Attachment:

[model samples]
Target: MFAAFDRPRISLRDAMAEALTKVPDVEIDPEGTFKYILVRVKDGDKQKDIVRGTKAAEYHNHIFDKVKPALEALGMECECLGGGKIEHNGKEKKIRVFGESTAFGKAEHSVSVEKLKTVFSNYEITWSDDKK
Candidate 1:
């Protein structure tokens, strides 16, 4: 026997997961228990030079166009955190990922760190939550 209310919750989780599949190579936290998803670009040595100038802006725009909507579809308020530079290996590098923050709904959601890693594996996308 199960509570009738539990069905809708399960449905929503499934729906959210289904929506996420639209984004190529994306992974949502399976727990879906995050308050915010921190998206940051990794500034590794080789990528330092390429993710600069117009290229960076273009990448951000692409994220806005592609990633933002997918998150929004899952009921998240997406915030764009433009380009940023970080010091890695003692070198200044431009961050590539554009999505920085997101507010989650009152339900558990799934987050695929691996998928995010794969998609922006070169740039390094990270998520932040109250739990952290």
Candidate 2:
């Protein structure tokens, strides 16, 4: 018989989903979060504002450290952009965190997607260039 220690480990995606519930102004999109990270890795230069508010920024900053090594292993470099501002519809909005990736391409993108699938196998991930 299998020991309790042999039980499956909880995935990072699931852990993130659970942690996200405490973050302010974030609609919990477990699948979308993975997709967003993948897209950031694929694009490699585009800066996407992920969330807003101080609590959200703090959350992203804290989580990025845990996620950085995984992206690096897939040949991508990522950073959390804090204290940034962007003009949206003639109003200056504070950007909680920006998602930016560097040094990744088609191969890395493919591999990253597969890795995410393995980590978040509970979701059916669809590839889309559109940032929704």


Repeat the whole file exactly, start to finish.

[model samples]
Target: MFAAFDRPRISLRDAMAEALTKVPDVEIDPEGTFKYILVRVKDGDKQKDIVRGTKAAEYHNHIFDKVKPALEALGMECECLGGGKIEHNGKEKKIRVFGESTAFGKAEHSVSVEKLKTVFSNYEITWSDDKK
Candidate 1:
């Protein structure tokens, strides 16, 4: 026997997961228990030079166009955190990922760190939550 209310919750989780599949190579936290998803670009040595100038802006725009909507579809308020530079290996590098923050709904959601890693594996996308 199960509570009738539990069905809708399960449905929503499934729906959210289904929506996420639209984004190529994306992974949502399976727990879906995050308050915010921190998206940051990794500034590794080789990528330092390429993710600069117009290229960076273009990448951000692409994220806005592609990633933002997918998150929004899952009921998240997406915030764009433009380009940023970080010091890695003692070198200044431009961050590539554009999505920085997101507010989650009152339900558990799934987050695929691996998928995010794969998609922006070169740039390094990270998520932040109250739990952290």
Candidate 2:
């Protein structure tokens, strides 16, 4: 018989989903979060504002450290952009965190997607260039 220690480990995606519930102004999109990270890795230069508010920024900053090594292993470099501002519809909005990736391409993108699938196998991930 299998020991309790042999039980499956909880995935990072699931852990993130659970942690996200405490973050302010974030609609919990477990699948979308993975997709967003993948897209950031694929694009490699585009800066996407992920969330807003101080609590959200703090959350992203804290989580990025845990996620950085995984992206690096897939040949991508990522950073959390804090204290940034962007003009949206003639109003200056504070950007909680920006998602930016560097040094990744088609191969890395493919591999990253597969890795995410393995980590978040509970979701059916669809590839889309559109940032929704």